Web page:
In the NHS, there two main activities. One is helping sick people. The other is measuring, improving, correcting, extending, and promoting how well sick people are helped. Much energy is expended on the first activity: technical advances, new pharmaceuticals, further training for doctors and nurses in new ways to help sick people. But the more you read about the NHS, the more you get the feeling that a lot more energy is expended on the second activity.
There’s nothing particularly wrong with this; even in a business, delivering the product or service to customers is straightforward, if not always easy, and the bulk of business energy is expended on how to improve the product or service, how to measure whether or not it’s good, strategy for getting it in front of the market, selling it, and so forth. Large numbers of people are employed to do these things, and a lot of money is spent in doing them—money that is generated by the delivery side, both by delivering the goods and by finding new ways to reduce inputs and increase outputs. Greater productivity means greater profits, which can be taken home as pay or ploughed back into the rest of the business.
The difference between a business and the NHS, however, is that issue of money. Money is the simplest metric for business success: how much are we making? Allocating money in a business is also fairly simple: wages, tools, marketing, infrastructure, tax, in varying proportions, and what’s left over goes to the shareholders. And if the metric drops—we are making less money—the allocations drop too. Therefore business responds to money.
The NHS, on the other hand, doesn’t respond to money, because it doesn’t make any. You can argue whether this is an intrinsic function of what it does—healthcare—and you can even argue the ethical toss about measuring something as important as health by looking at money, but you can’t get away from the fact that the NHS has something to do with money, because helping sick people has a cost.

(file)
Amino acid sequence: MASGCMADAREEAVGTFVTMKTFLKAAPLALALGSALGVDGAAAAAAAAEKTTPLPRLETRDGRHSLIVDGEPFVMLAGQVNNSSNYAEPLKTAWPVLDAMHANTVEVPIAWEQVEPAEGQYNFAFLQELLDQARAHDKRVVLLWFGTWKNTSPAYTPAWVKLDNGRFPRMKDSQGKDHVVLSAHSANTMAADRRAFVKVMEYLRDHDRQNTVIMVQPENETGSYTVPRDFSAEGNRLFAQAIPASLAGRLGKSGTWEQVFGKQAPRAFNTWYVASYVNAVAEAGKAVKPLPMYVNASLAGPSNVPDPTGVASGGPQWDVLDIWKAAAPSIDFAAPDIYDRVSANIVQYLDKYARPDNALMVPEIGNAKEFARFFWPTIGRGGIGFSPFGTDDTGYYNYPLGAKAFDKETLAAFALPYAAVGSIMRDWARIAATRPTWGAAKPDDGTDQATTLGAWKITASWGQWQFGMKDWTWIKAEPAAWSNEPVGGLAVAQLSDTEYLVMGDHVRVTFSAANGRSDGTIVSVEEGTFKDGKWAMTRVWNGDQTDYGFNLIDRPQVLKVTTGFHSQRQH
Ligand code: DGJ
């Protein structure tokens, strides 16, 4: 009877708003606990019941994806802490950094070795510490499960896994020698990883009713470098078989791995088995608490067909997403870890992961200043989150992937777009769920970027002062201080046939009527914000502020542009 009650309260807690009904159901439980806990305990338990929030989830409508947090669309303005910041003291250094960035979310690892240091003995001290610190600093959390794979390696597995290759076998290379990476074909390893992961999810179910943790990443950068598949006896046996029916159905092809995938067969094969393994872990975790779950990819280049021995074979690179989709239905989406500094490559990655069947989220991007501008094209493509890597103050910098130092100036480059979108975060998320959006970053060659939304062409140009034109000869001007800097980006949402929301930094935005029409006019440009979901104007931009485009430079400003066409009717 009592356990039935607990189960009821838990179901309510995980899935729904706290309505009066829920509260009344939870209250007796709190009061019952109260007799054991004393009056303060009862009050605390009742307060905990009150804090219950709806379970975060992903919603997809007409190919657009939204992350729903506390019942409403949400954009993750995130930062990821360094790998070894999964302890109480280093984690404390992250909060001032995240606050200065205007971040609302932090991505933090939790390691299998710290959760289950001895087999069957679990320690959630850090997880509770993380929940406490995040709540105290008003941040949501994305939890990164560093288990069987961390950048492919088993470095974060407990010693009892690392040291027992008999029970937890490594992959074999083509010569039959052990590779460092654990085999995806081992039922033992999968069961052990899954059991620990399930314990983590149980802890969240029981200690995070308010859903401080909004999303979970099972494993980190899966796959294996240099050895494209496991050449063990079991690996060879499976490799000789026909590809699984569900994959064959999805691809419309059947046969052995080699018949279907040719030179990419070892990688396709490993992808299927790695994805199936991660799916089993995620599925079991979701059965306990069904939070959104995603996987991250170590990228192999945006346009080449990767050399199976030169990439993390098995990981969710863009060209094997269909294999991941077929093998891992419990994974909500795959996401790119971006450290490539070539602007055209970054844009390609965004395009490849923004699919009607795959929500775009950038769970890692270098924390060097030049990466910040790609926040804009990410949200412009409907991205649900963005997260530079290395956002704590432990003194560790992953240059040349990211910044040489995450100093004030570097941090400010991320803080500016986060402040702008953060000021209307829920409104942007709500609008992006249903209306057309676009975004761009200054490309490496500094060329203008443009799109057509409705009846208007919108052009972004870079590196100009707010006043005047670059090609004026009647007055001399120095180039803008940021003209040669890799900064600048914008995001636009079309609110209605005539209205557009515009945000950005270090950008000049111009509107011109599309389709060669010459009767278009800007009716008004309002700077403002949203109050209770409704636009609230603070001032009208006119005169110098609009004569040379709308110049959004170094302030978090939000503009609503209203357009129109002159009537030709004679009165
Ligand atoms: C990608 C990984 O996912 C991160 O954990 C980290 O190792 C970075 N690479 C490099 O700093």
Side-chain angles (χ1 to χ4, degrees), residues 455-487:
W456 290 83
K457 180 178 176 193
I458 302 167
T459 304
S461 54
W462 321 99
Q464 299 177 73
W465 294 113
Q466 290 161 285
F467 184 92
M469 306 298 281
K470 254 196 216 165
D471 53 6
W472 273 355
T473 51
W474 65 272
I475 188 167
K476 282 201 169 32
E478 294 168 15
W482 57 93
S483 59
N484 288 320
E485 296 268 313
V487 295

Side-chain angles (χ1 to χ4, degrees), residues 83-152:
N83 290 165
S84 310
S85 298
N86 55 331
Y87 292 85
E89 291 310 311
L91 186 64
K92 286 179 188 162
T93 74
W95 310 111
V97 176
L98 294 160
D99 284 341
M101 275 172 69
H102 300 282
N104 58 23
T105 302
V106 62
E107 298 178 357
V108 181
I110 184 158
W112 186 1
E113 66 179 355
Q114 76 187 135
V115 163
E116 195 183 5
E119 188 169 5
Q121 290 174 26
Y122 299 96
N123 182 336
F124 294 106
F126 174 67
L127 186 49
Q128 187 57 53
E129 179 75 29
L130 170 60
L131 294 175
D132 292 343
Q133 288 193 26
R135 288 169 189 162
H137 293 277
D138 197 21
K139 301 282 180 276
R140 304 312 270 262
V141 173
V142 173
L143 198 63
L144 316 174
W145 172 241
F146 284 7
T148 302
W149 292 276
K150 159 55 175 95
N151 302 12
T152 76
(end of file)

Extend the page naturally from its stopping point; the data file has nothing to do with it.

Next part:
The NHS is sort of halfway in the market. It doesn’t directly charge its customers for its services, so it can’t respond to the “how much are we making?” money question. But it still has to answer “how do we allocate it?” and “what do we do if we have less to allocate?” Doctors and nurses don’t work for free, so it still has to think about wages. Medical supply manufacturers don’t manufacture for free—they are businesses, so they have to worry about how much money they’re making—and infrastructure has to be paid for as well. The NHS has all of the business problems of spending money, and none of the tidy business solution of earning it.
So when, in the NHS, the costs grow and/or the pool of money to spend shrinks, the sector has to find pseudo-business solutions to deal with this problem. “Pseudo” because what businesses do is frequently not an option for the NHS. For instance, a business could produce more goods or services. The NHS can’t do this, because it’s really unethical to go round trying to make people sick so that you can cure them more, but also because the NHS’s primary service—helping sick people—is actually a cost, and doesn’t make them any money. For the same reason, they can’t look for new markets like a business would, but also because the market for the NHS is already every person in Britain. Other solutions are simply odious. The NHS can borrow money, but their collateral isn’t private, so they end up mortgaging the public good. The NHS can ask patients to pay—private patients, or foreigners—but this invalidates the ideology that health shouldn’t depend on wealth. They can ask the government to raise taxes, but that’s a PR nightmare, and the existence of the NHS depends on people’s loyalty and goodwill.
So the NHS has only one option, and that is to reallocate its spending. Reduce the number of doctors and nurses treating the sick people, and thus lower the wage bill. Find cheaper suppliers, and thus lower the tools bill. Hire cheaper builders to patch up the estate, and thus lower the infrastructure bill. Use what you’ve saved to increase marketing healthy lifestyles, and hopefully the number of sick people will drop, and through all of these increases in productivity (in the NHS, it’s called “efficiency”), maybe you can break even, or even turn a profit (in the NHS, it’s called a “surplus”).